Epidermolysis bullosa (EB) is a group of hereditary diseases characterized by mucosa and skin fragility due to mutations that affect skin structural proteins, causing the skin to easily blister. Four major types of EB have been identified and include EB simplex, junctional EB, dystrophic EB, and Kindler syndrome (Murrell, 2020). Unfortunately, there is currently no effective therapeutic option for this disorder, and treatment largely focuses on wound management. All of the major EB types may result from mutations in the keratin 5 (KRT5) or keratin 14 (KRT14) gene (Coulombe et al., 1991; NIH, 2020). These two genes work together to encourage strength in the epidermis. Mutations prevent the keratin from assembling in necessary networks, leading to fragility. Further, a rare type of EB, known as Ogna, has been associated with mutations in the PLEC gene, leading to issues in the attachment of the epidermis to other layers of the skin (NIH, 2020). Ryan et al. (2016) note that ventricular dysfunction and aortic dilation have been identified in patients with recessive dystrophic EB. 

Clinical Validity and Utility 
More than 90% of patients with the typical Marfan phenotype have mutations involving the gene encoding the connective tissue protein fibrillin-1 (FBN1).  Out of a sample of 93 patients with MFS, 85 (91%) were found to have a FBN1 mutation. The eight remaining patients did not display any drastically different clinical features or family history, and the authors suggest that FBN1 mutations that go undetected are due to technical limitations (B. Loeys et al., 2004). Most patients have a family history of MFS, but up to 25% have a mutation de novo. Mutations are in one of five categories: nonsense, frameshift (deletion, insertion), splicing errors, a missense mutation that substitutes or creates cysteine residues, or a missense mutation affecting a conserved EGF sequence. Although the phenotypic variability is wide, mutations involving exon skipping tend to result in more severe disease. Genetic findings have importance in the diagnosis, risk stratification, and clinical management of patients, as well as identifying potentially affected relatives (Wright & Connolly, 2016).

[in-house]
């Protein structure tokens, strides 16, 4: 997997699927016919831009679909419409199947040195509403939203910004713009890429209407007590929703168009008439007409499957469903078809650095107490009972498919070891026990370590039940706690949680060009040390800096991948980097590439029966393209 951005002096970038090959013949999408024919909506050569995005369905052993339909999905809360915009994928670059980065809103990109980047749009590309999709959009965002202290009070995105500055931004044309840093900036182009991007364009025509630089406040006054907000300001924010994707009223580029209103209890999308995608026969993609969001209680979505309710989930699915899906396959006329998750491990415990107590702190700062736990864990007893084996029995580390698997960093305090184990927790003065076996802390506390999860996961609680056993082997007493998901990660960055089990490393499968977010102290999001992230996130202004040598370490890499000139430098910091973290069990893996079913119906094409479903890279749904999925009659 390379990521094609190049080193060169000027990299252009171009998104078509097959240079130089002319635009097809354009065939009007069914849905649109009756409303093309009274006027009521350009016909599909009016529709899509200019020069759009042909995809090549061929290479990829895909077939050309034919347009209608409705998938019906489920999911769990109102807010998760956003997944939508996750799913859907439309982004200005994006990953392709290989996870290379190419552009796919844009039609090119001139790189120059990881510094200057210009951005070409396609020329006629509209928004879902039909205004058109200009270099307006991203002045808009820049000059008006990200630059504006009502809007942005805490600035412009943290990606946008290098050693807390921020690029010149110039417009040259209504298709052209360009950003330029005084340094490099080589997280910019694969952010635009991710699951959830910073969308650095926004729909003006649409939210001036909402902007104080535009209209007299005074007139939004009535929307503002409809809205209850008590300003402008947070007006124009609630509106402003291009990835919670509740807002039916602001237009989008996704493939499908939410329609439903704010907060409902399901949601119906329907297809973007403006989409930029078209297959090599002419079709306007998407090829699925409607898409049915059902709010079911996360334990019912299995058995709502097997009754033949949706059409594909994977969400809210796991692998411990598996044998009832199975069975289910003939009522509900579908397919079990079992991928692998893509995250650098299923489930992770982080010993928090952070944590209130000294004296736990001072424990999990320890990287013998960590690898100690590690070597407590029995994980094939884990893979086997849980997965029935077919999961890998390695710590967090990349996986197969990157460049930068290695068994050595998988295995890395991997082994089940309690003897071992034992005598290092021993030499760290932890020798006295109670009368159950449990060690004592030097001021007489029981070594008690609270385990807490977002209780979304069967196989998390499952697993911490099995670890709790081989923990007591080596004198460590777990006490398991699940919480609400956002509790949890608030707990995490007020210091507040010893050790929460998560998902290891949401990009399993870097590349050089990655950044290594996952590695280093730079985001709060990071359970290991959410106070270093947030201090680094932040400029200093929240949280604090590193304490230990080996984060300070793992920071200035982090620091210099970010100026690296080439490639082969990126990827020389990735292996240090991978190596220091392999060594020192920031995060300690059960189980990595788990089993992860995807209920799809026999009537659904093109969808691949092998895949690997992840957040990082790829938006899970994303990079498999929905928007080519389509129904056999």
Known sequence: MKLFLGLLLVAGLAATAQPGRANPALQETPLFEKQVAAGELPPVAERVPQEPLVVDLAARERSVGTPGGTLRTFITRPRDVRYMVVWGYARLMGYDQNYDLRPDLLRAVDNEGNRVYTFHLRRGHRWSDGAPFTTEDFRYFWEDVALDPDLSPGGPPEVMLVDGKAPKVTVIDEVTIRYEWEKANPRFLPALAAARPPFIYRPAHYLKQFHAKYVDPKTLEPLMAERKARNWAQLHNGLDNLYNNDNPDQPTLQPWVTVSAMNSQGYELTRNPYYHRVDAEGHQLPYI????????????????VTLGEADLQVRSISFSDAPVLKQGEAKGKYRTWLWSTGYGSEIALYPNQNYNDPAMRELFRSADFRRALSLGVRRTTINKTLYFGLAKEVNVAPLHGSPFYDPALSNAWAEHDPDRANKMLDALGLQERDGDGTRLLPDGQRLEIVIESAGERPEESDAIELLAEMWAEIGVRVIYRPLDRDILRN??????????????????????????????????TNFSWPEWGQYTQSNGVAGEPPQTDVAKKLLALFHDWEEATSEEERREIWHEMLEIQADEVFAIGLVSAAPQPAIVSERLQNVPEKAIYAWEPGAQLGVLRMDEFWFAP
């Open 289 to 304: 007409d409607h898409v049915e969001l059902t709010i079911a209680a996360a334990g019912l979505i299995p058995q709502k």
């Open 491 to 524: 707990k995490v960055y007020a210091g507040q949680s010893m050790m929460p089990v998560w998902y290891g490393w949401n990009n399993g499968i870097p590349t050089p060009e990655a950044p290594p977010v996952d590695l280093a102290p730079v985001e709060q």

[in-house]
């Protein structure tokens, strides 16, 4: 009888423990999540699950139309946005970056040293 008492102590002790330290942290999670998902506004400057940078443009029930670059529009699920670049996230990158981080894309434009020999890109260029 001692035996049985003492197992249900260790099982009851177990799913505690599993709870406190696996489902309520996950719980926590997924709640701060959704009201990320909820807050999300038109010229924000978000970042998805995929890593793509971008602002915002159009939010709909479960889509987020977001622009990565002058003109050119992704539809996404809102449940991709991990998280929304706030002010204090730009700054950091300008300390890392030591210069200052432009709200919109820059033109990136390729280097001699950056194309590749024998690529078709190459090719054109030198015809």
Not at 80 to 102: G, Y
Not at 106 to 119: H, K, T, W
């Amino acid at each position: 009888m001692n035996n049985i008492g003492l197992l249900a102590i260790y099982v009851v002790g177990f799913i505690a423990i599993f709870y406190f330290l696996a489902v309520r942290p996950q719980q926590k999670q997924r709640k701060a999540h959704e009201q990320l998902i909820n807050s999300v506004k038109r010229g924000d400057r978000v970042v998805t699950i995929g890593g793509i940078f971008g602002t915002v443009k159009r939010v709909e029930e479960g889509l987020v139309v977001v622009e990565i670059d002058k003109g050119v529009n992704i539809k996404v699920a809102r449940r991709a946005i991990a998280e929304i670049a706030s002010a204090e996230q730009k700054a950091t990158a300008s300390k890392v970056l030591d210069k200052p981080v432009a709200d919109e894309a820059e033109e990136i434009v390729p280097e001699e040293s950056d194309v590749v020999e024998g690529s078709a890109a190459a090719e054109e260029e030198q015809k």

Becerra-Munoz et al. (2018) conducted a prospective cohort study to summarize variants in FBN1 and establish a genotype-phenotype correlation. Genotype-phenotype correlations have identified that patients with MFS and truncating variants in FBN1 presented a higher proportion of aortic events compared to a more benign course in patients with missense mutations. A total of 84 patients fulfilled the Ghent diagnostic criteria, and of these 84, 44 had missense mutations and 35 had truncating mutations. However, of the 44 with missense mutations, only six had suffered an aortic event (such as aortic aneurysm) whereas 20 of the 35 with a truncating mutation had suffered an aortic event (Becerra-Munoz et al., 2018). Up to 10% of patients with the Marfan phenotype have no identifiable mutation in the FBN1 gene. Rather, mutations are identified in TGF-beta receptor 1 (TGFBR1) and TGFBR2 genes. It has been proposed that patients with the Marfan phenotype and TGFBR1 or TGFBR2 mutations be classified as having LDS to properly address the potential for more aggressive vascular disease than seen in MFS (Wright & Connolly, 2016). 

The diagnosis of MFS is now established by an FBN1 pathogenic variant known to be associated with Marfan syndrome AND one of the following: aortic root enlargement (Z-score ≥2.0), ectopia lentis, demonstration of aortic root enlargement (Z-score ≥2.0) and ectopia lentis OR a defined combination of features throughout the body yielding a systemic score ≥7 (H. Dietz, 2017). These features are summarized in the 2010 Ghent nosology, which is slightly altered for patients under 20 years old (Wright & Connolly, 2016). Due to the identification of FBN1 as the genetic basis for MFS and its subsequent effects, the understanding of MFS as a structural disorder has become one of a developmental abnormality with broad effects on the morphogenesis and function of multiple organ systems. Importantly, this also introduced new biological targets for treatment strategies in MFS (H. C. Dietz, Loeys, Carta, & Ramirez, 2005; Jensen & Handford, 2016).